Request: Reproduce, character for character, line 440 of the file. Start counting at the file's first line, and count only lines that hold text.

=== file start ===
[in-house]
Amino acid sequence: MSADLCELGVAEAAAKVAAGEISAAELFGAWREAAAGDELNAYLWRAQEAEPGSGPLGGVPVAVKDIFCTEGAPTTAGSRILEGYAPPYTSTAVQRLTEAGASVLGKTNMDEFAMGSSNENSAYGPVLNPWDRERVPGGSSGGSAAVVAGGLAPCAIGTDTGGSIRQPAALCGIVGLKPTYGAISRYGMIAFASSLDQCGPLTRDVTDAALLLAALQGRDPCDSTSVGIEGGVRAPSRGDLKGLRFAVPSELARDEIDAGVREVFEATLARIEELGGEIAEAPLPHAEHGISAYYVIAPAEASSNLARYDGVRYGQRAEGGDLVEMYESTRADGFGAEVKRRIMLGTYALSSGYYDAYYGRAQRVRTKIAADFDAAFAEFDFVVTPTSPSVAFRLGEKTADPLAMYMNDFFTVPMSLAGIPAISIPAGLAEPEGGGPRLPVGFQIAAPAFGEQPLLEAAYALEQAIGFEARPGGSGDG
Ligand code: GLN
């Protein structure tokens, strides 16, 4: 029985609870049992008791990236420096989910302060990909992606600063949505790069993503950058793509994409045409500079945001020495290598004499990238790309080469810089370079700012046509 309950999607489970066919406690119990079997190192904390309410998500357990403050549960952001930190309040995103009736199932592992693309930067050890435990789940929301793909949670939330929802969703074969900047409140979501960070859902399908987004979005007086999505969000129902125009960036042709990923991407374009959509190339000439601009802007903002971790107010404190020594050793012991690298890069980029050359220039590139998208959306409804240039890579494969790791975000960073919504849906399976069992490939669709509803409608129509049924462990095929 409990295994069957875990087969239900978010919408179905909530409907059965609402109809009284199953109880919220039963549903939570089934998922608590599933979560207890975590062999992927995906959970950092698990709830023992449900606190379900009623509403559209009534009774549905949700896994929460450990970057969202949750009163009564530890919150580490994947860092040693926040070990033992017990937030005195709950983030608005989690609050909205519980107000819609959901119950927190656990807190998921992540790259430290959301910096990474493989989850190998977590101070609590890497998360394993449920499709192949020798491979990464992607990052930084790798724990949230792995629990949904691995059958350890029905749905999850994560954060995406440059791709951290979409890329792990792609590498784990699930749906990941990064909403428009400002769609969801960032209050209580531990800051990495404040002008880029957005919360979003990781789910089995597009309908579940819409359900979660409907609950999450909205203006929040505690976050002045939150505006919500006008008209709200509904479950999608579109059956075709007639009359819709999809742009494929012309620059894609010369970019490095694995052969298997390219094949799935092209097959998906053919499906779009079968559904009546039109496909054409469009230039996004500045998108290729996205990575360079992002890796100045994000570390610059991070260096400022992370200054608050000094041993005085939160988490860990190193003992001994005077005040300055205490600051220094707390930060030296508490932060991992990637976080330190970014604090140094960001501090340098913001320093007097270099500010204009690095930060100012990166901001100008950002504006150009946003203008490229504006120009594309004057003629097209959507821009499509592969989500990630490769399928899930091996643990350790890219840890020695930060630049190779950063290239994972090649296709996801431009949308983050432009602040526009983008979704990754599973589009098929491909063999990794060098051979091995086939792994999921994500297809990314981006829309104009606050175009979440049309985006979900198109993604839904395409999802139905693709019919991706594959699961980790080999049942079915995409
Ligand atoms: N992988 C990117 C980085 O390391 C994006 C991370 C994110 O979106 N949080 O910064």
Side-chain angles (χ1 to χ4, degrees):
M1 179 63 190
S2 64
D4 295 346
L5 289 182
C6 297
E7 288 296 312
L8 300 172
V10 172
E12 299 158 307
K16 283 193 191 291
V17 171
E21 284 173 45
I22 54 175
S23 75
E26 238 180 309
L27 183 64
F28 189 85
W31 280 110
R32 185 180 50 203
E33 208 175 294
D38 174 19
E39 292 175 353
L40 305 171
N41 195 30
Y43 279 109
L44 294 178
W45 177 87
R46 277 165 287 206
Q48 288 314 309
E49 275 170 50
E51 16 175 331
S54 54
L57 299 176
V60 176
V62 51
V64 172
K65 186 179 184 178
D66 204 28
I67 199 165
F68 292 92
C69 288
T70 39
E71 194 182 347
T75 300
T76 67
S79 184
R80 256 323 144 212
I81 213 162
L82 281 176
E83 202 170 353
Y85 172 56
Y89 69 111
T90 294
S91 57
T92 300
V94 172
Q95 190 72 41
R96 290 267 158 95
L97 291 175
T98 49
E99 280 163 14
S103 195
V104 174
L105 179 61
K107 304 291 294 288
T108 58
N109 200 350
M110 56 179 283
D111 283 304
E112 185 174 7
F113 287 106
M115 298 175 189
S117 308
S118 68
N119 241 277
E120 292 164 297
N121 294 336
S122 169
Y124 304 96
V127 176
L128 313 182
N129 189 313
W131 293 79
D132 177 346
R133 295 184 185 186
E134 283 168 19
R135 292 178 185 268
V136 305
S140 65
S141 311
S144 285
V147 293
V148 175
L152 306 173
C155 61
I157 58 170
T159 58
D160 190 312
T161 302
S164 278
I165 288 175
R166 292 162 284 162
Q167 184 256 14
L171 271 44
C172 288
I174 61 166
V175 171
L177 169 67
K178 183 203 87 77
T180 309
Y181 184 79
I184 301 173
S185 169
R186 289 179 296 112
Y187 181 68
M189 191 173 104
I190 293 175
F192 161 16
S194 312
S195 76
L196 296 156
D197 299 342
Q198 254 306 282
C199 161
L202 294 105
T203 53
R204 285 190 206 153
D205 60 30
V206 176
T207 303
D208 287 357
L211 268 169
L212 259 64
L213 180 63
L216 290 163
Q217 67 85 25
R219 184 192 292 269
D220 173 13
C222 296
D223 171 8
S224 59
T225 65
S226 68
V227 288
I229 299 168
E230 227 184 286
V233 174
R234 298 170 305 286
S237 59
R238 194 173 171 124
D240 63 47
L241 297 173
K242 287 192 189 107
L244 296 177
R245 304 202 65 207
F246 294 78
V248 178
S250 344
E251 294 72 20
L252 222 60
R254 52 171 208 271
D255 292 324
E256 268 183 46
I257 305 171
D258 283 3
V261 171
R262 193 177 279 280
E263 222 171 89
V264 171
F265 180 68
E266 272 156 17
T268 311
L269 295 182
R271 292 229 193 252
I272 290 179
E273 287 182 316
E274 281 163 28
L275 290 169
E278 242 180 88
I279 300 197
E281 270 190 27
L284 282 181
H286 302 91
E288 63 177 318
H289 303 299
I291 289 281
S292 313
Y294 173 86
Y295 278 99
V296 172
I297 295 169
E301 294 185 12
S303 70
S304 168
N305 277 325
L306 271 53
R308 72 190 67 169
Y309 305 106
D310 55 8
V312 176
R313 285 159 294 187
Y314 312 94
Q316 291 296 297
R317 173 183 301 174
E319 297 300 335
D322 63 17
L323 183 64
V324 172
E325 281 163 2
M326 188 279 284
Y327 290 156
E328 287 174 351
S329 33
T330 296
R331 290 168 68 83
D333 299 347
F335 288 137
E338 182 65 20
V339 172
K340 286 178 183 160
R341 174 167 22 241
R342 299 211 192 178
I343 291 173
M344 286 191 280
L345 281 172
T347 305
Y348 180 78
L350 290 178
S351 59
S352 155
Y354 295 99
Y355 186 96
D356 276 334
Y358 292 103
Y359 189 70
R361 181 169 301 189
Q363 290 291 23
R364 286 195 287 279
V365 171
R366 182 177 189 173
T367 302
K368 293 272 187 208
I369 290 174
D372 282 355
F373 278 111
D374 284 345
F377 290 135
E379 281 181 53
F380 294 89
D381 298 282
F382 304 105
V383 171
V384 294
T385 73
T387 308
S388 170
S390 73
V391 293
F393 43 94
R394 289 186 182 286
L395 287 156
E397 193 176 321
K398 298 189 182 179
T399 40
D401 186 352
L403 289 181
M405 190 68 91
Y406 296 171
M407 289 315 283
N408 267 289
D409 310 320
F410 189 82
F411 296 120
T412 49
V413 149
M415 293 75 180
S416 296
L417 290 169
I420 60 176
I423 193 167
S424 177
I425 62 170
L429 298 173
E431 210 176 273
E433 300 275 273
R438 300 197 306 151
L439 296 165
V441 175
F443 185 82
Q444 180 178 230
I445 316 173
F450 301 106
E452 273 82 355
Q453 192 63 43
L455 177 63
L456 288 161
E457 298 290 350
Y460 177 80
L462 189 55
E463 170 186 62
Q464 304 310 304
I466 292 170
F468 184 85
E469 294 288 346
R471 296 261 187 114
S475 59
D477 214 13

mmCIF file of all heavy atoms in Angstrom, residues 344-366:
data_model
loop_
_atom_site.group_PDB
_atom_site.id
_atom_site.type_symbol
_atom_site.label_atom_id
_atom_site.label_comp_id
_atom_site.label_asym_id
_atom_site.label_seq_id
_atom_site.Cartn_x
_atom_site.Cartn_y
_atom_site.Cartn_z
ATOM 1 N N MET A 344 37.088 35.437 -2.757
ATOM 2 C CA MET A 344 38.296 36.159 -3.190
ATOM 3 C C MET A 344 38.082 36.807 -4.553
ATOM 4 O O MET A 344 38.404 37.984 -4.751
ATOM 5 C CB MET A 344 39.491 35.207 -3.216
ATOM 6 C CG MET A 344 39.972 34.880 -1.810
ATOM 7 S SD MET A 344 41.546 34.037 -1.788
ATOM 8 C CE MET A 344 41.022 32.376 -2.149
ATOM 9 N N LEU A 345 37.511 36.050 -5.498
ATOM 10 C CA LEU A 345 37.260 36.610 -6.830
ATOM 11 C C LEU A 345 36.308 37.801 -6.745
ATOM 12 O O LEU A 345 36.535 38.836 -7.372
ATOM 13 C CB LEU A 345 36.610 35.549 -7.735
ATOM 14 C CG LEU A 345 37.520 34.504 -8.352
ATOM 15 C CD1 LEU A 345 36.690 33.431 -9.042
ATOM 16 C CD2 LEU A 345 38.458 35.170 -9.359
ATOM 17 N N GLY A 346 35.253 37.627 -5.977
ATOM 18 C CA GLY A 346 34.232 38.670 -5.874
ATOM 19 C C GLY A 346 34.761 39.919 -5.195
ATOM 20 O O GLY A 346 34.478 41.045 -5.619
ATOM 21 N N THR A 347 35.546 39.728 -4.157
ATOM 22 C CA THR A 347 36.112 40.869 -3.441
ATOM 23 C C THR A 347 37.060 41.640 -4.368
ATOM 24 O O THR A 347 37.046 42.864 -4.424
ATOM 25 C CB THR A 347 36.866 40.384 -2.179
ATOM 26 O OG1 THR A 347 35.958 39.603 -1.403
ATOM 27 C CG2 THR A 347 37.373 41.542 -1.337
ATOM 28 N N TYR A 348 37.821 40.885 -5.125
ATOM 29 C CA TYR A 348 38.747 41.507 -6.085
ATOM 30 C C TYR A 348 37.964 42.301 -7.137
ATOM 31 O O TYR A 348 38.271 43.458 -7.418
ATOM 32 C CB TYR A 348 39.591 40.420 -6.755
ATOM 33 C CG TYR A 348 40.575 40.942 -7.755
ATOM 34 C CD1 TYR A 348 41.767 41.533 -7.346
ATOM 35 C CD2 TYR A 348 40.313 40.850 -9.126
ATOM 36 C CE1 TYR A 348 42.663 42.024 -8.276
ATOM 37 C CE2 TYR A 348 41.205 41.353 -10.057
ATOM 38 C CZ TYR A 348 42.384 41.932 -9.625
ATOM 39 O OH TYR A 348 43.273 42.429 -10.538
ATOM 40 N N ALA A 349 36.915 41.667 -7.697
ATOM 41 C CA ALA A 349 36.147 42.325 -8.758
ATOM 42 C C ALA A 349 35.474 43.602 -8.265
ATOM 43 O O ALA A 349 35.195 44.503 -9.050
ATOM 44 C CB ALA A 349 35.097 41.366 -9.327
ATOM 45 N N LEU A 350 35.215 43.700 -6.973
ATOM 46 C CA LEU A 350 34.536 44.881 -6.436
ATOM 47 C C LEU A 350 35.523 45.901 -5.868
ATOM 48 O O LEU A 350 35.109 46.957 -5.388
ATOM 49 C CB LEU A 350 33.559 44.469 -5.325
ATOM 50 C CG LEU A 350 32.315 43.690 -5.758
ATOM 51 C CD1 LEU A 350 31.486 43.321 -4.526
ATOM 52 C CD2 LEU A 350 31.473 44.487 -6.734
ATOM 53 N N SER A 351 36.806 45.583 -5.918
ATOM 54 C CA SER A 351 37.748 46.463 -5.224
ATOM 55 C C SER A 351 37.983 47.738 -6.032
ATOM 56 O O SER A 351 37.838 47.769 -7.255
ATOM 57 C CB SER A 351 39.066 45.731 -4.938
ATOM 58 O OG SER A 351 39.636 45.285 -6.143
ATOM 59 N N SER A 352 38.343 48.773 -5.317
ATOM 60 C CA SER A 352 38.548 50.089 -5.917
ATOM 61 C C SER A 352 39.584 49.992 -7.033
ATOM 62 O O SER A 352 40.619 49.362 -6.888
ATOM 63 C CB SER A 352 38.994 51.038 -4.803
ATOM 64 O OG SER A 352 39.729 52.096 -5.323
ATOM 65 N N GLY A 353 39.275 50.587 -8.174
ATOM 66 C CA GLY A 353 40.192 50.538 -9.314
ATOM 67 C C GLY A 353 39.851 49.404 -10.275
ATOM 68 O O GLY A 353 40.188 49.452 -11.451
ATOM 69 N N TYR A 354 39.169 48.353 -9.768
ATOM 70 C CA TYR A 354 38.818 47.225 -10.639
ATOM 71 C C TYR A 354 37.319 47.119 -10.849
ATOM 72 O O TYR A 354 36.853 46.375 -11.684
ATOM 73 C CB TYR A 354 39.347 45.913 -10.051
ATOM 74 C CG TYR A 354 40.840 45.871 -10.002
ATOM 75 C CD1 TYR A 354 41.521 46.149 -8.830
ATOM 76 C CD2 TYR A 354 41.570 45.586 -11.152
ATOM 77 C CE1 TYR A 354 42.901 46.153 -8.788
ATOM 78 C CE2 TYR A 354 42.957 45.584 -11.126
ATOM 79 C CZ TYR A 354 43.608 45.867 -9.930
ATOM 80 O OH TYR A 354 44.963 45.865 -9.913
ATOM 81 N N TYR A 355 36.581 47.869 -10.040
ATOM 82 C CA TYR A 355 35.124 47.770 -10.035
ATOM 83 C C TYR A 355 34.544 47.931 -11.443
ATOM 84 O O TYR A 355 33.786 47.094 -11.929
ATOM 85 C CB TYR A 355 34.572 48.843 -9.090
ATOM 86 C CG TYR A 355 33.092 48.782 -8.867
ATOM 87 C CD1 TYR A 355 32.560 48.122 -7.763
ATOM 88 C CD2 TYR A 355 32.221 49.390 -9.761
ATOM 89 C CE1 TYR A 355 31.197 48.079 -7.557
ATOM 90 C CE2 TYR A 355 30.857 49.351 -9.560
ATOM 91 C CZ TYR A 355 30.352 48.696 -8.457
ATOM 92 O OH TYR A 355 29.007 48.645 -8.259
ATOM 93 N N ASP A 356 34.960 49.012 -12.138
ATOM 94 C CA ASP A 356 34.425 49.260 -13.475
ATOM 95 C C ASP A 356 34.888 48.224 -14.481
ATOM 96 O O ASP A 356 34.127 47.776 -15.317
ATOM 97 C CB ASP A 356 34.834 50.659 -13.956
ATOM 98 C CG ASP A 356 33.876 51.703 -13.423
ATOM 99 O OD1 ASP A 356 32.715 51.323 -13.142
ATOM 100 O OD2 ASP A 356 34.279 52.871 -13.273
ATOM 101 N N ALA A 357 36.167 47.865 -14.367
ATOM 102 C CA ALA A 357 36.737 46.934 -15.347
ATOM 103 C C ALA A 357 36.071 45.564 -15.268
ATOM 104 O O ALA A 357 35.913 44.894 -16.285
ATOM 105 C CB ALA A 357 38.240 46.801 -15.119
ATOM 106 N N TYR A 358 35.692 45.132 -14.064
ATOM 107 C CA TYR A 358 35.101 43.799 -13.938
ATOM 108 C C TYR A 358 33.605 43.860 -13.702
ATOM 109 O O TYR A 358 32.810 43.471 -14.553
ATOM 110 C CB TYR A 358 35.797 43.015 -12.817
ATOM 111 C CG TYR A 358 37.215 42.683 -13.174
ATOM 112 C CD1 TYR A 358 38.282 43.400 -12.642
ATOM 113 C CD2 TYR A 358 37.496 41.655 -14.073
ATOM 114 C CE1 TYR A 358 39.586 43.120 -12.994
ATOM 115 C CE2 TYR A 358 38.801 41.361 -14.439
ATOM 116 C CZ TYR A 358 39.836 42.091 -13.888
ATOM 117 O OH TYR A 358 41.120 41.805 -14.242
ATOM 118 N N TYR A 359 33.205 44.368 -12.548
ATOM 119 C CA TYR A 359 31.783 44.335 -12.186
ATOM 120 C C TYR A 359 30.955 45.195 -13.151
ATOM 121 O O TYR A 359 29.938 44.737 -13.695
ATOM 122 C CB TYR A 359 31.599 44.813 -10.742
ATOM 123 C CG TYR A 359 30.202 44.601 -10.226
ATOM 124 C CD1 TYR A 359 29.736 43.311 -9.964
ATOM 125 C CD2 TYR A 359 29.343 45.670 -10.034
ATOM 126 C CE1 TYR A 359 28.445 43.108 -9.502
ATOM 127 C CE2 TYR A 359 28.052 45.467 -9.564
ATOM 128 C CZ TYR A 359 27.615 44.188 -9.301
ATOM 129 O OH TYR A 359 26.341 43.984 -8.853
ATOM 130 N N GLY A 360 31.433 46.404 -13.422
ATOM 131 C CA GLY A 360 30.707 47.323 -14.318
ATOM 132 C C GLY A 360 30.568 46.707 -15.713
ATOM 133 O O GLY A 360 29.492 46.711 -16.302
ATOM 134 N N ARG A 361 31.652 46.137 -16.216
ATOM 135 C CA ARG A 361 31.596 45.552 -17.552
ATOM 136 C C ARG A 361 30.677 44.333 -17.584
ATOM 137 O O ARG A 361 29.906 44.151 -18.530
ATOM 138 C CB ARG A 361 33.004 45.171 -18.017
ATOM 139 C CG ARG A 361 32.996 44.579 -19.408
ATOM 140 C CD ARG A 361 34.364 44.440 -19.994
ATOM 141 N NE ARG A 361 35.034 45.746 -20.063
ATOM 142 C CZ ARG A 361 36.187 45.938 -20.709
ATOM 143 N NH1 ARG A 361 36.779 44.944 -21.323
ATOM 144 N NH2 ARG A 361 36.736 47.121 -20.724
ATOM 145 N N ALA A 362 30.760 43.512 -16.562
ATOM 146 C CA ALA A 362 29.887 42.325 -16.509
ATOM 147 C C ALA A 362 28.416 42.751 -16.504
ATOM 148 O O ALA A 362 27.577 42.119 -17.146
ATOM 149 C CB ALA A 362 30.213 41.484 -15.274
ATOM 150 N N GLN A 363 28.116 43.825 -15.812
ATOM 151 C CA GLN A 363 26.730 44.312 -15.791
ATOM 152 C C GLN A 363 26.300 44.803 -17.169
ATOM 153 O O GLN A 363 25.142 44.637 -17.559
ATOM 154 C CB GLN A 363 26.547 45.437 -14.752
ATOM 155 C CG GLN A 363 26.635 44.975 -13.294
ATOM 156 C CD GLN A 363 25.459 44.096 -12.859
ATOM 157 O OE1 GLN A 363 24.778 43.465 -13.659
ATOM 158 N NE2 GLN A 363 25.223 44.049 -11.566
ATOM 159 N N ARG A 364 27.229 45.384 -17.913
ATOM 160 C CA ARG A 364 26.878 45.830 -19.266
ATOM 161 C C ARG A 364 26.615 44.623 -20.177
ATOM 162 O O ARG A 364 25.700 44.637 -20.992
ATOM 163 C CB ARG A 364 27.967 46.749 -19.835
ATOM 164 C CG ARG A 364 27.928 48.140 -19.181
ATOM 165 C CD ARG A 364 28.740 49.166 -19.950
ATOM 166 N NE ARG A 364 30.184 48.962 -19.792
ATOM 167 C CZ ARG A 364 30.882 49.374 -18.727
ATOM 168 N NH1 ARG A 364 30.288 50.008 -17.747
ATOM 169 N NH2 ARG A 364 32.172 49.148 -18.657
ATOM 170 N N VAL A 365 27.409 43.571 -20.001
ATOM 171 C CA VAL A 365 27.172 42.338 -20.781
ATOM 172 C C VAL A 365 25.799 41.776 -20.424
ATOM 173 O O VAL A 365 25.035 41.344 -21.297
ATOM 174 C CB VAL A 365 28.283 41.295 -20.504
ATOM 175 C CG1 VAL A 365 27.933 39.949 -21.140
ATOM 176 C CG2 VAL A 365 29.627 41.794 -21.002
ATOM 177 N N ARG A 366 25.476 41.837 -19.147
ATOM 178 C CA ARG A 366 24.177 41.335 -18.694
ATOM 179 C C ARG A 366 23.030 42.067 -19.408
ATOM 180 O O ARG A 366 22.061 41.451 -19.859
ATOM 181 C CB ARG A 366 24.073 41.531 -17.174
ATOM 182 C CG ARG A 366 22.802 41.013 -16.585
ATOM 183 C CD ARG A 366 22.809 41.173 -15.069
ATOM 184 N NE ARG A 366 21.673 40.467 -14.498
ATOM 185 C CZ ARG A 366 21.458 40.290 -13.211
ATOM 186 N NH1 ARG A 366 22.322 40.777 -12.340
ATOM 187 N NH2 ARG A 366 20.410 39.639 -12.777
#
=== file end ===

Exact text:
ATOM 114 C CE1 TYR A 358 39.586 43.120 -12.994